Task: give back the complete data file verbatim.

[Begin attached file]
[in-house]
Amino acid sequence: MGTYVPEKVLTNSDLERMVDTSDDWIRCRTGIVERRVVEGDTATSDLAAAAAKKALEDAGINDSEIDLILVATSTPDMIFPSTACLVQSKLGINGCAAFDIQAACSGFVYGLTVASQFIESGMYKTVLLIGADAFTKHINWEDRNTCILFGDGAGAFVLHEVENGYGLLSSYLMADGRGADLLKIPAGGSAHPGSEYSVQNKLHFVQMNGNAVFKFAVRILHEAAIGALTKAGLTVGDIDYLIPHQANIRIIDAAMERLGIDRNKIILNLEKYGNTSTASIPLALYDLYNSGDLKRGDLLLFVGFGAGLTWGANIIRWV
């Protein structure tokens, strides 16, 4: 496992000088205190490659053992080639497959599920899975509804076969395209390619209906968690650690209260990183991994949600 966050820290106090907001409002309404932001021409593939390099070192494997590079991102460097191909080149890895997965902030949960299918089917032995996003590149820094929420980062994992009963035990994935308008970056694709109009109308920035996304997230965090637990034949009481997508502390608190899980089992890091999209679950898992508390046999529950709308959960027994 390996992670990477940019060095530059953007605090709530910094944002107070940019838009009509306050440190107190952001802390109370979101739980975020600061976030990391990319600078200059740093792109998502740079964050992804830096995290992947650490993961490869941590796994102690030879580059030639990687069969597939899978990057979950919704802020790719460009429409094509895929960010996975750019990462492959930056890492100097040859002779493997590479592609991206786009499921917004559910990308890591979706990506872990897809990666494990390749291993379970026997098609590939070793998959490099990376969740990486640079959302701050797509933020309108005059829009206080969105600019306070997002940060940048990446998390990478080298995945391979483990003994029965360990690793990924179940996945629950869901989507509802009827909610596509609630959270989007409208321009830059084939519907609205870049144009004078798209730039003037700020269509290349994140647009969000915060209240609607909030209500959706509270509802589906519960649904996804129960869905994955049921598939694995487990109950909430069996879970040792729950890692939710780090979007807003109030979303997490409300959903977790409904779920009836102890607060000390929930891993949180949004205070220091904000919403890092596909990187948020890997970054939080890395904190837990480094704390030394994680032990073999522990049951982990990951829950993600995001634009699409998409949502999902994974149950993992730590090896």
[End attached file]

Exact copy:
[in-house]
Amino acid sequence: MGTYVPEKVLTNSDLERMVDTSDDWIRCRTGIVERRVVEGDTATSDLAAAAAKKALEDAGINDSEIDLILVATSTPDMIFPSTACLVQSKLGINGCAAFDIQAACSGFVYGLTVASQFIESGMYKTVLLIGADAFTKHINWEDRNTCILFGDGAGAFVLHEVENGYGLLSSYLMADGRGADLLKIPAGGSAHPGSEYSVQNKLHFVQMNGNAVFKFAVRILHEAAIGALTKAGLTVGDIDYLIPHQANIRIIDAAMERLGIDRNKIILNLEKYGNTSTASIPLALYDLYNSGDLKRGDLLLFVGFGAGLTWGANIIRWV
């Protein structure tokens, strides 16, 4: 496992000088205190490659053992080639497959599920899975509804076969395209390619209906968690650690209260990183991994949600 966050820290106090907001409002309404932001021409593939390099070192494997590079991102460097191909080149890895997965902030949960299918089917032995996003590149820094929420980062994992009963035990994935308008970056694709109009109308920035996304997230965090637990034949009481997508502390608190899980089992890091999209679950898992508390046999529950709308959960027994 390996992670990477940019060095530059953007605090709530910094944002107070940019838009009509306050440190107190952001802390109370979101739980975020600061976030990391990319600078200059740093792109998502740079964050992804830096995290992947650490993961490869941590796994102690030879580059030639990687069969597939899978990057979950919704802020790719460009429409094509895929960010996975750019990462492959930056890492100097040859002779493997590479592609991206786009499921917004559910990308890591979706990506872990897809990666494990390749291993379970026997098609590939070793998959490099990376969740990486640079959302701050797509933020309108005059829009206080969105600019306070997002940060940048990446998390990478080298995945391979483990003994029965360990690793990924179940996945629950869901989507509802009827909610596509609630959270989007409208321009830059084939519907609205870049144009004078798209730039003037700020269509290349994140647009969000915060209240609607909030209500959706509270509802589906519960649904996804129960869905994955049921598939694995487990109950909430069996879970040792729950890692939710780090979007807003109030979303997490409300959903977790409904779920009836102890607060000390929930891993949180949004205070220091904000919403890092596909990187948020890997970054939080890395904190837990480094704390030394994680032990073999522990049951982990990951829950993600995001634009699409998409949502999902994974149950993992730590090896």